Let’s look at the facts.
The ingredients of the Smith’s Original potato chips prior to the change was:
Potatoes, Sunflower Oil, Canola oil, salt
The ingredients since the change are:
Potatoes, Canola Oil, Sunflower Oil, Salt, Antioxidants (Tocopherols), Ascorbic acid, Citric acid), Rosemary extract
So let me take you through my thought process.
Looking at these ingredients immediately, this is what I can see.
For those that aren’t aware, the order of how the ingredients appear in an ingredient list is very important.
The first ingredient represents the largest component of the product and the last ingredient, the least.
This tells me that Smith’s have changed their oil mix around. Previously they used more sunflower oil than canola oil. Now it is the reverse. Often these changes can cause stability issues, especially when we are talking about oils in products.
It is my assumption that by making this change that Smith’s then need to stabilize the product and have felt the need to add additional additives. I hope to hear from Smith’s in the coming days as to the reason behind the change.
Regardless, whatever the reason, the fact remains that these new additives have been added to the product.
Let’s take a deeper look at what these so called vitamins and additives are that I wasn’t impressed with.
Tocopherols are an antioxidant. They are added to food to help preserve them and assist with the oxidation of fat and oils in foods. They are perceived to be a natural alternative to synthetic antioxidants such as BHT, BHA and TBHQ.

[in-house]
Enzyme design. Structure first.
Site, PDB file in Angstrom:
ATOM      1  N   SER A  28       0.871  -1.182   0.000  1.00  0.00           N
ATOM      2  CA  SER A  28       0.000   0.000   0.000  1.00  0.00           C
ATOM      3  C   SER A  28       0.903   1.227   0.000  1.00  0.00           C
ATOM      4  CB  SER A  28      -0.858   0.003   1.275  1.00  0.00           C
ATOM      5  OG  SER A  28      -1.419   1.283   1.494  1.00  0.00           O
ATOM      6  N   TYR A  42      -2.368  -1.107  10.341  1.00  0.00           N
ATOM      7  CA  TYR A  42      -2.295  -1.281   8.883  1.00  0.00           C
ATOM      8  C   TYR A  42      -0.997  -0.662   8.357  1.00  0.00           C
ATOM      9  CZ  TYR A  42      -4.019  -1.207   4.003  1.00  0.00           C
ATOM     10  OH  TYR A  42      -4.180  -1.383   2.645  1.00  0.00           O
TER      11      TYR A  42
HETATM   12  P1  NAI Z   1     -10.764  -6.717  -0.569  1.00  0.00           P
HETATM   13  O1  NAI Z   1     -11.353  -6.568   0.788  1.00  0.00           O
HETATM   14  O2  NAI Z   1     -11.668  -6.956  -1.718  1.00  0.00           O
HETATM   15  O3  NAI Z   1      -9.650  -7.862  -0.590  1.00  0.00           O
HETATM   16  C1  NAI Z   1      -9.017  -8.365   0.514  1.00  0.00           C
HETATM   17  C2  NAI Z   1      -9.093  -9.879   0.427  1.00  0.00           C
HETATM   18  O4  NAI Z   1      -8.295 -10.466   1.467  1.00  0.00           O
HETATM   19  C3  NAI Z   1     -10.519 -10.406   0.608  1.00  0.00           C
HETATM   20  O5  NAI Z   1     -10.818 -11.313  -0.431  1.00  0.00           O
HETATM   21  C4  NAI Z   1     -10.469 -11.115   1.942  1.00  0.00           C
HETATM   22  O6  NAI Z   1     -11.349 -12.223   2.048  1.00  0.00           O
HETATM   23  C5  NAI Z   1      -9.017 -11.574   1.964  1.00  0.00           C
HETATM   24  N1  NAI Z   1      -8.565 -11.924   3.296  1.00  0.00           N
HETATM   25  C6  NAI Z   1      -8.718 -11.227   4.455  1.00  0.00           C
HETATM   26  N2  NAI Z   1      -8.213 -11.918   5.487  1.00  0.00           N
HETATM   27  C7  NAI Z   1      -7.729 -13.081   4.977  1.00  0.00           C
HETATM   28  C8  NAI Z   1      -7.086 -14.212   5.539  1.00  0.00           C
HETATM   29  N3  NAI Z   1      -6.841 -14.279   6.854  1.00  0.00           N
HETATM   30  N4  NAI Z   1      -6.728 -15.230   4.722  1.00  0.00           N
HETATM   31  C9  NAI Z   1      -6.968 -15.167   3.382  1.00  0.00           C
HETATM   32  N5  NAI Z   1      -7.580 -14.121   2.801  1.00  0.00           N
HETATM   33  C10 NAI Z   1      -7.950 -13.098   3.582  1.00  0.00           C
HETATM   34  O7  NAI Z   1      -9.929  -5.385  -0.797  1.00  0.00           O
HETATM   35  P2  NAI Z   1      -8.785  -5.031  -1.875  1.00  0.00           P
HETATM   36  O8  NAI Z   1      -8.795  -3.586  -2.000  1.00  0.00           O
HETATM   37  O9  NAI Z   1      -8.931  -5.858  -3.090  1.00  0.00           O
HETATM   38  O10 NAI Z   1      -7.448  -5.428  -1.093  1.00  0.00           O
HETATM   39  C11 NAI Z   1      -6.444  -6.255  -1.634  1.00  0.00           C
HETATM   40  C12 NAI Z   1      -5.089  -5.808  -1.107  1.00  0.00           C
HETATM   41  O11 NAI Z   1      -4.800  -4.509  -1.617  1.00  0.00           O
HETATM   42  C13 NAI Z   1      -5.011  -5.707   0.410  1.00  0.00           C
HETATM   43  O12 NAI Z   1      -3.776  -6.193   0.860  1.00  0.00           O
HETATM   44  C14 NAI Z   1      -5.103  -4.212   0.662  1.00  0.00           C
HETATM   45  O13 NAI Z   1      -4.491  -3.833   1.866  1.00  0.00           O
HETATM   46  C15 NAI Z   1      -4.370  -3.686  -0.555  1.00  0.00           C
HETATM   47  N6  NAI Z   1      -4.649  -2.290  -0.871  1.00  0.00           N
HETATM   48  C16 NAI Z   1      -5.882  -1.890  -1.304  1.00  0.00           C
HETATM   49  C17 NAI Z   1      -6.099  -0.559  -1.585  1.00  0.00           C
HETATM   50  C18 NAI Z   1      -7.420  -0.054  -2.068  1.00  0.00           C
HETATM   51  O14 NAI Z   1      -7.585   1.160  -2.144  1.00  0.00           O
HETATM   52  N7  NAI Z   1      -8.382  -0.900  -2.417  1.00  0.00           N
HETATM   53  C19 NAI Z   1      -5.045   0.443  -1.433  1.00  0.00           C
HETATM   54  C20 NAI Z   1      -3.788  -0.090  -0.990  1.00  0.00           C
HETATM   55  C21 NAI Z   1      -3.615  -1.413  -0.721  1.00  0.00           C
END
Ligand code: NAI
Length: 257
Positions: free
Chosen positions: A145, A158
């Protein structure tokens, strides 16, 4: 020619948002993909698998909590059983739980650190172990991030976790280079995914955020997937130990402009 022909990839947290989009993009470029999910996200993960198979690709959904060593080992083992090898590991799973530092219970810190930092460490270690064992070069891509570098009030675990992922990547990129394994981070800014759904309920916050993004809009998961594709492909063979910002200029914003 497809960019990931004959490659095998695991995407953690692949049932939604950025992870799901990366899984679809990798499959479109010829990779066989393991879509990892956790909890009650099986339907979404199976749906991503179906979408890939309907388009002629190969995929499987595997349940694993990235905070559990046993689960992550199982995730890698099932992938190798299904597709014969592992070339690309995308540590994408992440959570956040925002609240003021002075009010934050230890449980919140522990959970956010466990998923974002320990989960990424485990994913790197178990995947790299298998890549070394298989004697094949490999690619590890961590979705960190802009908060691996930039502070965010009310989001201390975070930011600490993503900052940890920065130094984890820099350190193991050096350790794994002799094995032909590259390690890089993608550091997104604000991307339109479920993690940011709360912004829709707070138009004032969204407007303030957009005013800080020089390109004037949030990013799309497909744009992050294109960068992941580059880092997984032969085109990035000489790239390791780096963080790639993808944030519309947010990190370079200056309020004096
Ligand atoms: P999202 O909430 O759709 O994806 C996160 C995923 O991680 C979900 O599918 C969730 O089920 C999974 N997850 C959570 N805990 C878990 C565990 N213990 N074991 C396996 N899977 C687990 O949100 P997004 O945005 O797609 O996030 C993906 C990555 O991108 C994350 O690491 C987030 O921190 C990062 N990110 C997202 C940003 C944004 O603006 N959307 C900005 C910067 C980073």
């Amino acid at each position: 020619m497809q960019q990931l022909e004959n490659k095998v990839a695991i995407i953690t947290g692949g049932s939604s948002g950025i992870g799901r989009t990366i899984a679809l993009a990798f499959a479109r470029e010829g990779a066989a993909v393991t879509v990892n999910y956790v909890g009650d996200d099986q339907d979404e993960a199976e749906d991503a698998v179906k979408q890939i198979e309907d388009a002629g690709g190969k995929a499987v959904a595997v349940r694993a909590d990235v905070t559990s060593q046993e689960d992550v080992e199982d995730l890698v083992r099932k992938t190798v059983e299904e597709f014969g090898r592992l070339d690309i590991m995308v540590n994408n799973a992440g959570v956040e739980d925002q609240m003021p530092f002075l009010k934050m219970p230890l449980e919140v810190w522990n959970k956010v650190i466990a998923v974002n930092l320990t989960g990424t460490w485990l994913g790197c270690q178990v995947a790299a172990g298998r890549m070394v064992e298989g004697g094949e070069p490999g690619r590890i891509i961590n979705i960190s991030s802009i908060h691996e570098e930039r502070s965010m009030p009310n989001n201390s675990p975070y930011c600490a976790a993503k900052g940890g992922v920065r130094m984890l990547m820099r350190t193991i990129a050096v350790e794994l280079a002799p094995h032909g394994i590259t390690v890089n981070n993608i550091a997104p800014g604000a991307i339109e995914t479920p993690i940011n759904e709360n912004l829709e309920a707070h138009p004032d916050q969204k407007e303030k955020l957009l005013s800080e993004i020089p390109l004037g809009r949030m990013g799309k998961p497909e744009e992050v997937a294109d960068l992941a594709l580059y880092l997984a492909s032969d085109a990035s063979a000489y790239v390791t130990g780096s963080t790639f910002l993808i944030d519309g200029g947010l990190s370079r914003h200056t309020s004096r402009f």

Tocopherols can be produced either by chemical synthesis or by extraction from maize, soy beans, cotton seed, rice or wheat germ oil.
Tocopherols as defined in Chemical Maze (Bill Statham) are:
306 Tocopherols, concentrate, mixed – Vitamin e, may be from wheat germ, rice germ, cotton-see or corn; may be Genetically modified
307 Alpha-Tocopherol – Alpha form of Vitamin E, may be produced by chemical synthesis, may be genetically modified
308 Gamma – Tocopherol – Gamma form of Vitamin E; may be produced by chemical synthesis; may be genetically modified
309 Delta – Tocopherol -Delta form of Vitamin E , may be synthetic, may be genetically modified
As you know, I haven’t heard back from Smith’s yet. I haven’t been able to ask them any questions regarding the ingredients used.
The reality is I don’t know which Tocopherols have been used, whether they are natural or synthetic.